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Commentary - Art. 110. Part III : Status and treatment of protected persons #Section IV : Regulations for the treatment of internees #Chapter VIII : Relations with the exterior
    ARTICLE 110. -- RELIEF SHIPMENTS: III. EXEMPTION FROM
    POSTAL AND TRANSPORT CHARGES


    [p.459] This Article corresponds in general to Article 74 of the 1949 Geneva Convention relative to the Treatment of Prisoners of War. Unlike that Article, however, it does not expressly mention correspondence and for that reason it has been placed under the heading of relief shipments.

    PARAGRAPH 1. -- IMPORT, CUSTOMS AND OTHER DUES

    This paragraph repeats the provisions of Article 16 of the Hague Regulations and Article 38 of the 1929 Convention, both of which concern prisoners of war. It covers customs duties, implicitly included in the phrase "all import and other duties" which occurs in both treaties. The rule is quite clear: exemption is complete and applies to all dues of any kind whatsoever levied on goods entering a country from abroad.

    PARAGRAPH 2. -- EXEMPTION FROM POSTAL CHARGES

    The Stockholm Draft (Article 96), identical with the text relating to prisoners of war, said: "Correspondence, relief shipments and remittances of money addressed to prisoners of war or despatched by them through the post office.... shall be exempt from any postal [p.460] dues, both in the countries of origin and destination and in intermediate countries".
    The text adopted by the Diplomatic Conference differs from this in two respects. First of all, the reference to correspondence has disappeared, and secondly, the words "from other countries" have been inserted between "addressed" and "to internees or despatched by them".
    It is to be concluded from this that the Convention nowhere mentions the principle of exemption from postal charges on mail, since it is not mentioned in Article 107 , which deals specifically with correspondence, and Article 110 is concerned only with consignments of relief and states that exemption is not granted on such consignments unless they come from countries other than the country of internment?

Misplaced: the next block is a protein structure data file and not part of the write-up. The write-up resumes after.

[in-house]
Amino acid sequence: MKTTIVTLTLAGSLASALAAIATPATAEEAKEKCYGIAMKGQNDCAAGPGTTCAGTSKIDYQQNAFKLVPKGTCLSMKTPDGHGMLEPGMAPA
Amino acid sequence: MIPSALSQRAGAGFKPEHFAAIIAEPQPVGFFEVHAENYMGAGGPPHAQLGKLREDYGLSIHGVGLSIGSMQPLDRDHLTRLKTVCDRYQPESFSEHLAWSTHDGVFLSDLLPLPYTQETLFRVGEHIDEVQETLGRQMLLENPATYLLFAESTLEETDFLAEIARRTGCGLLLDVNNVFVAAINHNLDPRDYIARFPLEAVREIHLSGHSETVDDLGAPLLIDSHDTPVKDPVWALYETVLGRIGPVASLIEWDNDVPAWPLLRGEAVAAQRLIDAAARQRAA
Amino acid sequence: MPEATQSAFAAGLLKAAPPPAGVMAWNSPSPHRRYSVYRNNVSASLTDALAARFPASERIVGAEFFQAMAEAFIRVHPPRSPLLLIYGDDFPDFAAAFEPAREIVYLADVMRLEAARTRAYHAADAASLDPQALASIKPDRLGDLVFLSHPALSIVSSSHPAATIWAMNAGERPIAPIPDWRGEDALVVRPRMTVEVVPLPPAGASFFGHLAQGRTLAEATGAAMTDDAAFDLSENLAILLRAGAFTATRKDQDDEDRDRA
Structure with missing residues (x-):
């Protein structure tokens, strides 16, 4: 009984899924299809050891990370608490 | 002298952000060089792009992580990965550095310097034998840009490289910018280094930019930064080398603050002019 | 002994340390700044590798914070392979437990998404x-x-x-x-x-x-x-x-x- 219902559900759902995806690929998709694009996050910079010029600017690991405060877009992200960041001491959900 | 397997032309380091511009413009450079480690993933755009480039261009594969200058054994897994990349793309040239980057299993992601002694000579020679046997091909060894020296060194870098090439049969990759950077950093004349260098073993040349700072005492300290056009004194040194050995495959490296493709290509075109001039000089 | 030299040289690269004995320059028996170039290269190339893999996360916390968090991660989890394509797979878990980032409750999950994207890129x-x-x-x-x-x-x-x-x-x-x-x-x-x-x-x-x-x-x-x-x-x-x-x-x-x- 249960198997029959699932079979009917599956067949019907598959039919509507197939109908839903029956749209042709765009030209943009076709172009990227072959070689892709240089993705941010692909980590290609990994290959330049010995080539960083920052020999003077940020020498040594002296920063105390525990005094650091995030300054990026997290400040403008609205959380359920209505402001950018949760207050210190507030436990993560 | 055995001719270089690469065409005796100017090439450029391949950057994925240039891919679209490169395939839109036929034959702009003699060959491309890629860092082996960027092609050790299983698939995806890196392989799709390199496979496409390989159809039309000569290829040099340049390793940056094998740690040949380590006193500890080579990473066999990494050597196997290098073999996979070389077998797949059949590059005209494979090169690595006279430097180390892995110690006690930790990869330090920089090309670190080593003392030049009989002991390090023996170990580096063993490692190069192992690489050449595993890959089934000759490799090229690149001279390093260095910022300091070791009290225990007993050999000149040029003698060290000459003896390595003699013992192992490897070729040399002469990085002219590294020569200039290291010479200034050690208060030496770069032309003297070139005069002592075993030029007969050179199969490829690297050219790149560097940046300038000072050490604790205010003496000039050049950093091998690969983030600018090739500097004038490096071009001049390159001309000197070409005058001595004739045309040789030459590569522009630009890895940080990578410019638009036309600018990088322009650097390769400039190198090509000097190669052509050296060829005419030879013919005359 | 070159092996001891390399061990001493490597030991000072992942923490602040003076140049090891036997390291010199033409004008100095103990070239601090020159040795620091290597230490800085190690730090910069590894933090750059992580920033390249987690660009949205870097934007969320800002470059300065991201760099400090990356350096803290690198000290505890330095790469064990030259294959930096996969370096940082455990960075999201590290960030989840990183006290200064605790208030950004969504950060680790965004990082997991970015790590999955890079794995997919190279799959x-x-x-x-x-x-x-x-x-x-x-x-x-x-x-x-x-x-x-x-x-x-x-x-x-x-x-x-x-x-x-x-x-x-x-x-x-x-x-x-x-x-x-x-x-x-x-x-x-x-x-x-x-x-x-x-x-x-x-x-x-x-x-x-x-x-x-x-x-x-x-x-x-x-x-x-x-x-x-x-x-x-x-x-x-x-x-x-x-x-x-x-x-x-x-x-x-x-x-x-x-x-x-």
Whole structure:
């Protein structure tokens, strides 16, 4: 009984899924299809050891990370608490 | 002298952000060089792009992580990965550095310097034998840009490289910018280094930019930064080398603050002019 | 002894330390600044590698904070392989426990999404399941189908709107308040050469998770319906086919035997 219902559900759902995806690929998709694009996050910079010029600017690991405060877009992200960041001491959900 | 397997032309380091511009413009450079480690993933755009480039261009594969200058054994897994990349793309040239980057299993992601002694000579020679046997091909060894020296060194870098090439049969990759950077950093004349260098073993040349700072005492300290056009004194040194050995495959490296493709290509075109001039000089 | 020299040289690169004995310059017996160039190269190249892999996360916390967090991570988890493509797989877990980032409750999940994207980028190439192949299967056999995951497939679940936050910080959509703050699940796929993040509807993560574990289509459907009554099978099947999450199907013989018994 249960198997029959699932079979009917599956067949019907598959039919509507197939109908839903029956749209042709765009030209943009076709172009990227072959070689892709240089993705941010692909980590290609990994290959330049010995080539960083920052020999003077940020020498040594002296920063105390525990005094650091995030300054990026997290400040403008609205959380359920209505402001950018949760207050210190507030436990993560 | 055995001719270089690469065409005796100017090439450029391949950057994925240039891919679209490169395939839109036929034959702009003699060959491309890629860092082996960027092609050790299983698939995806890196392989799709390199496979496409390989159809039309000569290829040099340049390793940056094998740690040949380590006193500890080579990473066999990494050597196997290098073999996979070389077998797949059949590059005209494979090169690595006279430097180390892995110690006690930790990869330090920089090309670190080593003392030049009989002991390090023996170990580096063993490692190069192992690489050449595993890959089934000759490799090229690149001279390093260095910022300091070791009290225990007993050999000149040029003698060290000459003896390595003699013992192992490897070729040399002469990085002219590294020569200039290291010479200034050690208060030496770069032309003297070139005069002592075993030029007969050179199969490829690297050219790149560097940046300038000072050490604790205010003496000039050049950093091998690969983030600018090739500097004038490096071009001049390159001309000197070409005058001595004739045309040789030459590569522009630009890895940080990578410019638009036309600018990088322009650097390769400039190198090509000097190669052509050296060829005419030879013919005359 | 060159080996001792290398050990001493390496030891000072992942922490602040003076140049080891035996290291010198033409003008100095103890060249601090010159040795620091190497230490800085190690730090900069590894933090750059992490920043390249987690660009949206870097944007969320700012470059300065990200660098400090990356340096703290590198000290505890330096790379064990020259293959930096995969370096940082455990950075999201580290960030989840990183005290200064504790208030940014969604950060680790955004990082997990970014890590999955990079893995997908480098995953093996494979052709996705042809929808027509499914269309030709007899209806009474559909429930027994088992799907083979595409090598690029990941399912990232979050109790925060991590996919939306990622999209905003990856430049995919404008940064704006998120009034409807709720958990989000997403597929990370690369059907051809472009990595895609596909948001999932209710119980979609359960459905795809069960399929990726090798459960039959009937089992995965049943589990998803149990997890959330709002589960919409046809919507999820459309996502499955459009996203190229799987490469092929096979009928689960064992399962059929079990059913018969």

It would perhaps be a little hasty to do so. Indeed, the marginal notes inserted to make the Convention easier to read, are not binding on the signatories. It is true that in this particular case one delegation expressed the opinion that internees' correspondence was of an entirely different nature from that of prisoners of war, since it was addressed in general to persons in the country of internment and the internees should be able to pay the ordinary postal charges (1); but it is also true that the Conference, when discussing this provision had in mind Article 52 of the Universal Postal Convention of 1947 (2), which is concerned mainly with correspondence. Furthermore, the Report of Committee III, without however further explanation, states that the Committee thought that internees should be given the right of free postage for their own correspondence within the territory where they are detained (3). There remains, however, some obscurity in the text of the Convention with regard to internees' correspondence. The resulting difficulty was
    eliminated on the suggestion of the Universal Postal Union which, in its revision of the Universal Postal Convention in 1952, succeeded in having a clause adopted under which correspondence from internees is post-free wherever it is addressed, whereas the correspondence addressed to internees is only exempt from postal charges if it comes from countries other than the country of internment. In short, the restrictive wording of this provision as it applies to [p.461] relief shipments has been extended to cover correspondence (4). The internees can therefore write free of charge to persons in the country of internment but those who write to them in that country must pay the ordinary postal charges. It may be wondered whether it would not have been better for internees' correspondence, whether incoming or outgoing, to be completely exempt from postal charges. In view of the fact that internment must never be considered as a punishment and that it would be humane to alleviate its hardships as much as possible, a generous decision on these lines would